It was April and pink dogwood blossoms. My favorite new leaf green frosting the trees we hadn’t seen in years. It was new life and promise and tender and tears and everything starting over. A place with an upstairs and back yard for exploring and a school we could walk to. It was a shaky exhale from the last three years. We made it through the loneliness. We survived this wilderness. We came out different, but we’re together.
Here we are.
And two weeks settled, we drove to Greenville, SC for my college roommate’s wedding. A day we’d prayed for and over since those college years. I’ll admit – that drive down there was a hard one. Kyle and I had some painful things to discuss and a huge absence of time in which to do it. But that drive gave us seven hours trapped together.
We talked the whole time.
We shared some real and honest feelings.
We took a hard look at the years coming – this year of transition in particular where we know nothing. Trusting God for every “little apocalypse” because transitioning out of the Navy, moving again, and having a baby in the same six months just goes beyond what we can handle or prepare for right now on our own.
There were times in that conversation when I was shocked and surprised. How can he possibly think that way? How can he possibly FEEL THAT?
And then. Who is this person?
And then. How can we continue on from here? What does it all mean for us?
And then. How could I feel so differently?
And then. Are there two more different people on all this planet?
And then. Well, I’ve got no choice. He’s my person. Different or not. Like the way he feels right now or not. There will be a resolution. Give grace. Give time. Let it all sink in. Decide to show up, stay in.
Hold his hand. Catch his eye. Try again.
Somewhere in the move and the daily rearing of children and the flying and the tying-up-of-loose ends, we stepped off the same footing, out-of-sync and out-of-practice. We just hadn’t had time for the things of that conversation. It was a reconnection, but also a redefining.
I forgot what it meant to be a wife. To love a husband. Just a husband. Not the other parent to these little people, not the other half responsible for the chores, not my partner in this life.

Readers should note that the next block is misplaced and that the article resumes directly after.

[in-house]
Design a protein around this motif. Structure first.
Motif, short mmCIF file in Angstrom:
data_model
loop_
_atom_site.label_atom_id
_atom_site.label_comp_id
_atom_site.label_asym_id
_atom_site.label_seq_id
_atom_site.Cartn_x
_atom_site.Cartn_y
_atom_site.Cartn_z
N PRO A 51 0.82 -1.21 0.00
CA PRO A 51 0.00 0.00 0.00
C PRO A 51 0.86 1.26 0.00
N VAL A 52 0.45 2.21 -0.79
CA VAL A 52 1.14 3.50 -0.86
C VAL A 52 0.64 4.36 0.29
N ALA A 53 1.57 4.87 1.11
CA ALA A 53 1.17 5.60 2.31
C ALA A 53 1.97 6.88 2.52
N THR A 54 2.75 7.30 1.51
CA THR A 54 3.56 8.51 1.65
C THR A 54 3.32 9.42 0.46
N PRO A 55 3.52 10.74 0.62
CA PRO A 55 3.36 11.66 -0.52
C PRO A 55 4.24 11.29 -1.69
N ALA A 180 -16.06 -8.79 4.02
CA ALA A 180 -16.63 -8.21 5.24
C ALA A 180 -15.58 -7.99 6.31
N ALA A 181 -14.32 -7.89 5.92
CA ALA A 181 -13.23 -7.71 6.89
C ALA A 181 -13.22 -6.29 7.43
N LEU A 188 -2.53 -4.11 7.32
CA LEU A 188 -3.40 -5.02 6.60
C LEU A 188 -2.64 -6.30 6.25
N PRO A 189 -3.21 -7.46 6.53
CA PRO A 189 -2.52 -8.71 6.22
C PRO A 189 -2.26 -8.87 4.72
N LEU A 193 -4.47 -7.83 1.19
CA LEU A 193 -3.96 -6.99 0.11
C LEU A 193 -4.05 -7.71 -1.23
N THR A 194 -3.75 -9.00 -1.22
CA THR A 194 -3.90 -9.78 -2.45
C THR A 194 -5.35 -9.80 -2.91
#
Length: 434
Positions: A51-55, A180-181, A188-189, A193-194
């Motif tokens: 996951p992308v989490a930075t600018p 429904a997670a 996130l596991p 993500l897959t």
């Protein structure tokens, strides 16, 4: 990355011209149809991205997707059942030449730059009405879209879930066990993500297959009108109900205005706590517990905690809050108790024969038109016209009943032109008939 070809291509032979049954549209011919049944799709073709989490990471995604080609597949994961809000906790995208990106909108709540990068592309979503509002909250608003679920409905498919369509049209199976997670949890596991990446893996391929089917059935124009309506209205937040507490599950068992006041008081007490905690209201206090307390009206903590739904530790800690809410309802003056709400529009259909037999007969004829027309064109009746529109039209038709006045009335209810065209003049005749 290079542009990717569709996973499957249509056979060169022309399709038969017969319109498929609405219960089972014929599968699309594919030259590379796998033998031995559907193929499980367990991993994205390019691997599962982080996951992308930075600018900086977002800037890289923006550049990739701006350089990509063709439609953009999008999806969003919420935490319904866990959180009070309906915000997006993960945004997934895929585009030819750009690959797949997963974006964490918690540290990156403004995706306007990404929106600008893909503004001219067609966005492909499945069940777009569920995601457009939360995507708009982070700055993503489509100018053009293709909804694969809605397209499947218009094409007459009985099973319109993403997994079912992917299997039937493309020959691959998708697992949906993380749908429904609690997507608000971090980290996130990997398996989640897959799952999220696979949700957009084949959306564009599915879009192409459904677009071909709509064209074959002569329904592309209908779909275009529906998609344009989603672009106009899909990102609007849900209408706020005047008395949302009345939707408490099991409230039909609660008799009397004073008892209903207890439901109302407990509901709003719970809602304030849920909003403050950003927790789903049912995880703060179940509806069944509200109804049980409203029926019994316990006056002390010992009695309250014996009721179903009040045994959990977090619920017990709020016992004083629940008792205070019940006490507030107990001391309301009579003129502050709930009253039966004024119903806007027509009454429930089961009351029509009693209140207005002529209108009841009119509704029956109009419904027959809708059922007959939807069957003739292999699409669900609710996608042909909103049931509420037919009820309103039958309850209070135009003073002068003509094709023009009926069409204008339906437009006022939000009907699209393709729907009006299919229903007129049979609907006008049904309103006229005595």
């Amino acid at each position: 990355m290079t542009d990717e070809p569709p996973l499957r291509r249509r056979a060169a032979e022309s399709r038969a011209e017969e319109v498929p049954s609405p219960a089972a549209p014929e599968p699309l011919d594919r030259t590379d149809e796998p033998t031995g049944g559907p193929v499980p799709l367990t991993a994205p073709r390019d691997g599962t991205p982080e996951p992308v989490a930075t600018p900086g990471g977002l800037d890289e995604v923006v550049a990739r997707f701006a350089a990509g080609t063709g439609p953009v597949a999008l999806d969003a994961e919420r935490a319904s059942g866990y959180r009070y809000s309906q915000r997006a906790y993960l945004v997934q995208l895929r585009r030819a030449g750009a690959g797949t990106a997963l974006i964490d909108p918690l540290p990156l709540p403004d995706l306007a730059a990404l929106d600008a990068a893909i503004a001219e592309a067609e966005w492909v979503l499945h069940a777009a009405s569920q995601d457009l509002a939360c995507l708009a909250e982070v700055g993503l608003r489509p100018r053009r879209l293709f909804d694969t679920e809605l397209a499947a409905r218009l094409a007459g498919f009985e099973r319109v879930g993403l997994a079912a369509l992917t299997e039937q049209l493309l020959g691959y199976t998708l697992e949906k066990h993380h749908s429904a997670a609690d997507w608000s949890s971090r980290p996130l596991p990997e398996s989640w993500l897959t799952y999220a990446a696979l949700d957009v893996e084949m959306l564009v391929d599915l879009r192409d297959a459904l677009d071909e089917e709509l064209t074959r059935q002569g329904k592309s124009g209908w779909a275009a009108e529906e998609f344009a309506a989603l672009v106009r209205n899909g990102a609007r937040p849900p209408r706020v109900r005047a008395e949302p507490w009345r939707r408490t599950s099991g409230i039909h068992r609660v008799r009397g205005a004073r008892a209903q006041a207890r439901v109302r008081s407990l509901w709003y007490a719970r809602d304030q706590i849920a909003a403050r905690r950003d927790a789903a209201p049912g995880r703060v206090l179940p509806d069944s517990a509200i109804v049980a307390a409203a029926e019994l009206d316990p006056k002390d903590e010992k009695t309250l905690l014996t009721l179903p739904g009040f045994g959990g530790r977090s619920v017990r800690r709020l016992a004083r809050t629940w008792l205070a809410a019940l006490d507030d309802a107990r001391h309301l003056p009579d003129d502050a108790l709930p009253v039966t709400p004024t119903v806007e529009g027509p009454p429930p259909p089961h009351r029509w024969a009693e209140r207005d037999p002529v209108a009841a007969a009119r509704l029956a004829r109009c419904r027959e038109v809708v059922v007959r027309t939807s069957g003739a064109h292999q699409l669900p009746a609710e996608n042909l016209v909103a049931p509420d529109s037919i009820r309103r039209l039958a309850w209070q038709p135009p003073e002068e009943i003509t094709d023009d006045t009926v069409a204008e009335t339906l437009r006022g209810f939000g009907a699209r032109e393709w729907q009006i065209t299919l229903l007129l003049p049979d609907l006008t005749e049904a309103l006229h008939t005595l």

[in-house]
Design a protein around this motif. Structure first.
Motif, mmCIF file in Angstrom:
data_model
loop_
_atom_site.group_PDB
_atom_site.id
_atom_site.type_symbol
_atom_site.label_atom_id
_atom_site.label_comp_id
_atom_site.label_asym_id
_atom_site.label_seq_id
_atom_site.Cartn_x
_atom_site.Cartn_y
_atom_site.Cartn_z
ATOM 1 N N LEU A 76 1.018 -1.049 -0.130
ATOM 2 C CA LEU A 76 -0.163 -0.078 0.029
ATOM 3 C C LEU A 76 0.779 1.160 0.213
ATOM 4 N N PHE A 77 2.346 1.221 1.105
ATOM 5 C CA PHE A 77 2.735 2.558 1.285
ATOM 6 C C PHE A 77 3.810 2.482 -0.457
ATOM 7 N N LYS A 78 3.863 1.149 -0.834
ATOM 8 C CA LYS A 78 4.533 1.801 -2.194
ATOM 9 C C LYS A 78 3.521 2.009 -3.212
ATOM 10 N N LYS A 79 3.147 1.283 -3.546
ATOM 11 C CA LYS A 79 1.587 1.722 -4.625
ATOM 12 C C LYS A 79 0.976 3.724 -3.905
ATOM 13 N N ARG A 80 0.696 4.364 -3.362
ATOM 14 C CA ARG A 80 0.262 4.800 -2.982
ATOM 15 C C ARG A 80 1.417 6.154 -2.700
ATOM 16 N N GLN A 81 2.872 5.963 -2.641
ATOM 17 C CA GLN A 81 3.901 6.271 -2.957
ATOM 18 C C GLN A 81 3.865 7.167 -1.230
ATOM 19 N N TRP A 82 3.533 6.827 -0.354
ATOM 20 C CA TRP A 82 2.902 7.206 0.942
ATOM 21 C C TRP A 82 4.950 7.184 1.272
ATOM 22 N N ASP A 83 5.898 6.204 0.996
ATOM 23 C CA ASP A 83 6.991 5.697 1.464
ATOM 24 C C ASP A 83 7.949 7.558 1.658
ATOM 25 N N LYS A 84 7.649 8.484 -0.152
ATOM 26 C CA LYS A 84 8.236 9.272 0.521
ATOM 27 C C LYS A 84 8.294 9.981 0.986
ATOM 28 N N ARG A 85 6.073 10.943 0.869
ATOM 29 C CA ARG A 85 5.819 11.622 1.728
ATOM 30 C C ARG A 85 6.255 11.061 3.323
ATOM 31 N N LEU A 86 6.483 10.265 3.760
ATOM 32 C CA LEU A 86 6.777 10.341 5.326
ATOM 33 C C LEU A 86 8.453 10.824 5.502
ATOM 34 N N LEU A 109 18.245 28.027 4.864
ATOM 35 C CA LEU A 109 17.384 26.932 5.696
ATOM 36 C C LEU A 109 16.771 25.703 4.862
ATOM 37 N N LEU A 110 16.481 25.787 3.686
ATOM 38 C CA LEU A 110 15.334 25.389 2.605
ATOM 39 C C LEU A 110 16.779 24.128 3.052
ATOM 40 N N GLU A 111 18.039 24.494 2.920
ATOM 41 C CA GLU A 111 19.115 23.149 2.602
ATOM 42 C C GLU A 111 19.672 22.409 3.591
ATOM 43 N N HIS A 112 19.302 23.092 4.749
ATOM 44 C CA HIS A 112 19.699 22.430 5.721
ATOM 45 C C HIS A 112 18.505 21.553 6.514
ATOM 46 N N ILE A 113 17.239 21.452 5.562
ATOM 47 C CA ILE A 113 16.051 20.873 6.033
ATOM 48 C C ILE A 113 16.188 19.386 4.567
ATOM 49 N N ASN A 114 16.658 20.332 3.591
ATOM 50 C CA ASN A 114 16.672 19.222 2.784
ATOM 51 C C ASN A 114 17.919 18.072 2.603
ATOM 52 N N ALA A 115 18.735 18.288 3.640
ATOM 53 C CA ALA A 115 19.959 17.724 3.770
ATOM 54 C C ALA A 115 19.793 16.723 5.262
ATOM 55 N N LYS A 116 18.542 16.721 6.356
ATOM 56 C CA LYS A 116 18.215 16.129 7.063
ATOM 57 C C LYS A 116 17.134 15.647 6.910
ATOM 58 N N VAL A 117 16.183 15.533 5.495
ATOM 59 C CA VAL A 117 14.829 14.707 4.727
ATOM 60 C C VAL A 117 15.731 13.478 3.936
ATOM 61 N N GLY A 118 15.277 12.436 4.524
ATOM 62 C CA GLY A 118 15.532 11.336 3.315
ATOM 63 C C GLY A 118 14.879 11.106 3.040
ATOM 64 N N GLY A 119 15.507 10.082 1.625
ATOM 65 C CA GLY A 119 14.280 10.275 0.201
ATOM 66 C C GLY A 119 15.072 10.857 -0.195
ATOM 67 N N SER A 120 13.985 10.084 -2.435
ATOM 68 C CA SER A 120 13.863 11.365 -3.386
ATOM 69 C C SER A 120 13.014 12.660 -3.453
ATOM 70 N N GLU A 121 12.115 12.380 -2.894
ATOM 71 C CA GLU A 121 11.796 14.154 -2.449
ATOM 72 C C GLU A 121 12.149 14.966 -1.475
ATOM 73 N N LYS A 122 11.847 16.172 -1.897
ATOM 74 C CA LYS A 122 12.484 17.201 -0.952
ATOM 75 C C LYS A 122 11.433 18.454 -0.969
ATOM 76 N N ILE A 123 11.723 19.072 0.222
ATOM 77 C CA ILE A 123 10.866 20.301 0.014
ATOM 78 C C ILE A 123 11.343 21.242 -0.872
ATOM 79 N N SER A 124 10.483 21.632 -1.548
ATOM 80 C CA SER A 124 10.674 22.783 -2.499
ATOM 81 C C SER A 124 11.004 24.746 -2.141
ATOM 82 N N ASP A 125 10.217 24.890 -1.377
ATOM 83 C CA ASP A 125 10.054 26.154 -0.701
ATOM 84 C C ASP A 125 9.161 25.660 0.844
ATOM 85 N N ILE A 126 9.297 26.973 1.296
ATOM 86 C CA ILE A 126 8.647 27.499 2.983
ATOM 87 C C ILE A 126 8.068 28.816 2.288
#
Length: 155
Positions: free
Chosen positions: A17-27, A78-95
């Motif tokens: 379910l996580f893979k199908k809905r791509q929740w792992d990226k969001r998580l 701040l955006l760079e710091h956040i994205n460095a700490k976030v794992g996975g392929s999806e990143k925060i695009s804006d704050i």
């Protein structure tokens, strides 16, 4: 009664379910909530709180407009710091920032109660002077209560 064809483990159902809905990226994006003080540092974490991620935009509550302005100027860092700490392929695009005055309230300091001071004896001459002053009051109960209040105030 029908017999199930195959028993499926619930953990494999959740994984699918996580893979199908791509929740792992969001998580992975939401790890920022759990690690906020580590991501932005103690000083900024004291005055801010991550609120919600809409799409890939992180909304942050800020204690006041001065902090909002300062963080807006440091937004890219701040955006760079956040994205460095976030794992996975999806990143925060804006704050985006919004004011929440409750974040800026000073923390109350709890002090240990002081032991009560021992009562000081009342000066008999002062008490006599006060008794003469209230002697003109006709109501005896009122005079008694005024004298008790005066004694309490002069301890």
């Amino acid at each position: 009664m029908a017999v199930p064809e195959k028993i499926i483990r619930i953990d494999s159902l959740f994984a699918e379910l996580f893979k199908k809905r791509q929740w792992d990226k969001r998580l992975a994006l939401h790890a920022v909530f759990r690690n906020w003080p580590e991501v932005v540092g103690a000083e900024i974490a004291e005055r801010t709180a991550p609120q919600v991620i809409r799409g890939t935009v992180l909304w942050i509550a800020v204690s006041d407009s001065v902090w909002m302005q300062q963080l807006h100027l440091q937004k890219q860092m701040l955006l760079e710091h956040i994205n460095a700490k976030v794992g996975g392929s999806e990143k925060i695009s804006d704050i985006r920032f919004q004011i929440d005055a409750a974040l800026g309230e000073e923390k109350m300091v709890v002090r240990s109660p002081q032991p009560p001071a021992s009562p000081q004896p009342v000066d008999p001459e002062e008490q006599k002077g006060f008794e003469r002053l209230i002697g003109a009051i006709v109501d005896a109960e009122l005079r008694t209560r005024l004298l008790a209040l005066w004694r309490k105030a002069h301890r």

But a husband.
And then there was Jillian’s wedding to Derek. The weekend cloaked in joy for so many reasons, but my favorite being a palpable current of anticipation, of the fulfilling of a long-awaited promise, of an aching to begin a new life. Their faith in Jesus and their love for each other was easy for anyone to see and sense and hear and feel – and it helped us remember why we couldn’t wait to get married.
Through lashes glinting with tears, standing in a field of knee-high grass, and a sunset that rivaled thousands, I witnessed Jillian and Derek’s vows. Listening to their soft voices, thinking of Kyle, remembering.
Before there were 6 moves and four babies and jobs and deployments and grad school and uncertainties, there was me, there was Kyle, there was our faith in Jesus and our untried, youthful, pure, sweet hope for the future. There was a longing for children and our own family, together. There was a confidence that we knew the answers, knew each other, and that life held nothing we couldn’t withstand together.
We were eager. We were 22 and terribly young.
I couldn’t wait to hold his hand. Catch his eye. Try for the very first time.
It was a September morning, a rainy, tropical depression, Bible Study Wednesday. It started like most of ours do. The alarm clock buzzed; he texted me from downstairs saying the shower was empty and I could get in. I crept down from our room, one hand holding the wall for steadiness without my glasses and the other bracing my bulging belly. The smell of coffee greeted me at the bottom. He was already unloading the dishwasher; two lunch boxes lay open on the counter, ready for me to fill them up.
“Happy Anniversary,” he whispered in the darkness, reaching out to hug me.
“You too,” I answered, not one to speak much in the morning.
Can you believe?
9 years. 9 years!?
Soon after, we heard their little feet. They needed clothes. They forgot to lay them out last night and where was the clean laundry basket? They were hungry and wanted juice and it wasn’t yet 7:00. He laughed and kissed them before quietly ducking out the front door, not wanting to wake up the third baby.